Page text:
NEW MUSIC is born of the old. Hip-hop and Rock ‘n’ Roll can be traced back through Delta Blues, field and slave songs back to the spiritual and indigenous folk musics of Africa.
Jungle music is no different. Earlier this year, listening to Gnoua and Joujouka music in Morocco, I discovered two very different types of music indigenous to one country that date back thousands of years. We played for the musicians in Joujouka, a remote mountain village, some tapes we had brought along for the journey – NWA and A Guy Called Gerald – and although it came from a world far removed from theirs there were still elements in it that they could relate to. The constants are universal: the repetition, the rhythms, the drum and the bass.
Britain has always tended to nurture music that was originated in countries other than itself, creating hybrids that have become strongly identified with youth culture: Rock, Rave, Punk, Mod. Jungle too is something identifiably British. It is quite literally a fusion, the drawing together of all types of music.
Jungle, the word and the music is the subject of much discussion and debate within the scene, much like the on-going debate as to what constitutes hip hop and what is the real. It has gone and goes by many names – hardcore, breakbeat, jungle techno, drum ‘n’ bass, hardstep – but Jungle is the one that people outside the scene know it as. The music came first, the labels later. Some people within the scene prefer not to apply the word to their music at all, there are simply too many preconceptions associated with it. DJ Hype plays all types of breakbeat, refusing to categorize himself. “There’s too much emphasis on the word ‘Jungle’, it creates divides. If Jungle died tomorrow it would only be the word that died.” The music and the people around it would progress to the next level. Nevertheless as a word, Jungle has so many rich and varied associations, much like the music itself. Gerald Simpson (aka A Guy Called Gerald) articulates it best:
“There’s so much colour in it. So much rhythm. So much texture. You could go into a jungle and find these things. You could sit there in a pool in the middle of a jungle and there would be flowers, insects, dangerous animals, dangerous plants. But there would be a lot of beauty there an’ all. There would be a lot of sounds. There’d be a lot of insects making beautiful noises. So it’s a mixture.
“That is one concept of it. Another concept is that the whole society that we’re living in now is becoming like a jungle anyway. There’s so much going on. So much being built up. It’s so clustered that it is becoming a jungle.”
Music generally grows out of a particular set of circumstances in a specific time and place. The rave scene in England provided the impetus for the biggest boom in British music since punk. But as it grew in popularity forces gathered to try and contain it.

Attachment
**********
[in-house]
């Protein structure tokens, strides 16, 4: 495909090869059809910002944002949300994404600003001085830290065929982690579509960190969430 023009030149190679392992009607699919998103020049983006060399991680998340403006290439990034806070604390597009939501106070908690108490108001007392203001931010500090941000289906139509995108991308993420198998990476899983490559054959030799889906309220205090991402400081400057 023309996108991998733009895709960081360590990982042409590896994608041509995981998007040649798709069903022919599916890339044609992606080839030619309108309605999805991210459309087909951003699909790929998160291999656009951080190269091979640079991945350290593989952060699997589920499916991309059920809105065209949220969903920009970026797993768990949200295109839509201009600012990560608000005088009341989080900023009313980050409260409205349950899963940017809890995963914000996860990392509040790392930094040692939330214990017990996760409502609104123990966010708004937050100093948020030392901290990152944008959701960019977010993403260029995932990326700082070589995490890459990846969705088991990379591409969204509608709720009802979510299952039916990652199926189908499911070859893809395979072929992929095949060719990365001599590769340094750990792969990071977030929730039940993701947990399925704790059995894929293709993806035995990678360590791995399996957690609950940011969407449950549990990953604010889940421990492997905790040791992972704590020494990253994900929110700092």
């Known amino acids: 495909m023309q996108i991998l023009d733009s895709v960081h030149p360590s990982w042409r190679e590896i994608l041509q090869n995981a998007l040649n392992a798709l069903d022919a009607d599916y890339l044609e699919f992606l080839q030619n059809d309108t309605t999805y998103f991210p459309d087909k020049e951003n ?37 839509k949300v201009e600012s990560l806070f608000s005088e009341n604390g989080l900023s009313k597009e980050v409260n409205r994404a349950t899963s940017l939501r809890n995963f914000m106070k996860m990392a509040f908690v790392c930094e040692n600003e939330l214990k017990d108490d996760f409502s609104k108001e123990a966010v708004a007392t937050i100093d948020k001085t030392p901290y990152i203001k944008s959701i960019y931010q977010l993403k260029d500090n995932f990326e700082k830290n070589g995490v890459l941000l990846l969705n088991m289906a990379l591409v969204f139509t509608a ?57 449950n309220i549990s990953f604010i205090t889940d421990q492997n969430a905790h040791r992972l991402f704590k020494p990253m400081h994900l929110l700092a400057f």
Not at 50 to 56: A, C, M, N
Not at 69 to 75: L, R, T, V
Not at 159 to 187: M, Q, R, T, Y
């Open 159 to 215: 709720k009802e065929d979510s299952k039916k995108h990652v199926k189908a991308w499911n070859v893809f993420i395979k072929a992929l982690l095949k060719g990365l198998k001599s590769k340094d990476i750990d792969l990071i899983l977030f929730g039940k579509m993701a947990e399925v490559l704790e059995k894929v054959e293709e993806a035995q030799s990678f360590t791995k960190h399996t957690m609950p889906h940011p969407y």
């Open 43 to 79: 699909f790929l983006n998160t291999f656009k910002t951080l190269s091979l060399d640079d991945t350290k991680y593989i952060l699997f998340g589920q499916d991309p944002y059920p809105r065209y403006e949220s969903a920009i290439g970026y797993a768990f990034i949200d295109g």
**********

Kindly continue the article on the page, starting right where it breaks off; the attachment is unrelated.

The music industry, which developed its marketing strategies to package and sell rock acts, has never been able to come to terms with more democratic forms of music. To be accepted (and marketed) rave music had to be formulated – techno with a name, a face and an artist history.
From another front, establishment paranoia at such a burgeoning and powerful youth movement led to large outdoor raves being effectively legislated and policed out of existence (culminating in the repressive Criminal Justice Act, which finally became enshrined in law last year), thereby forcing the music back underground. Consequently when Gerald describes his music he says it is, “designed for someone who is living within the government system. It’s not political but it is in your face that you can’t go a day without thinking about pressures and things that the government throws at you.” The music, it seems, has learned to mutate and survive; taking on new forms to avoid the gaze of the oppressor.
A patrol car rolls past a large brick building on a seemingly deserted industrial estate in North London. All they see is youths coming in and out of the building day and night. There’s nothing remotely illegal going on here though. Behind these walls is the base of Kemet/Third Party, a label run by James and Mark X. Their studio is in the basement but they effectively have free rein over the rest of the building, which is empty. We talk in an office upstairs, Mark and James carefully explain their vision of the music, the work they are doing there and their belief system – both follow the teachings of the Nation of Islam.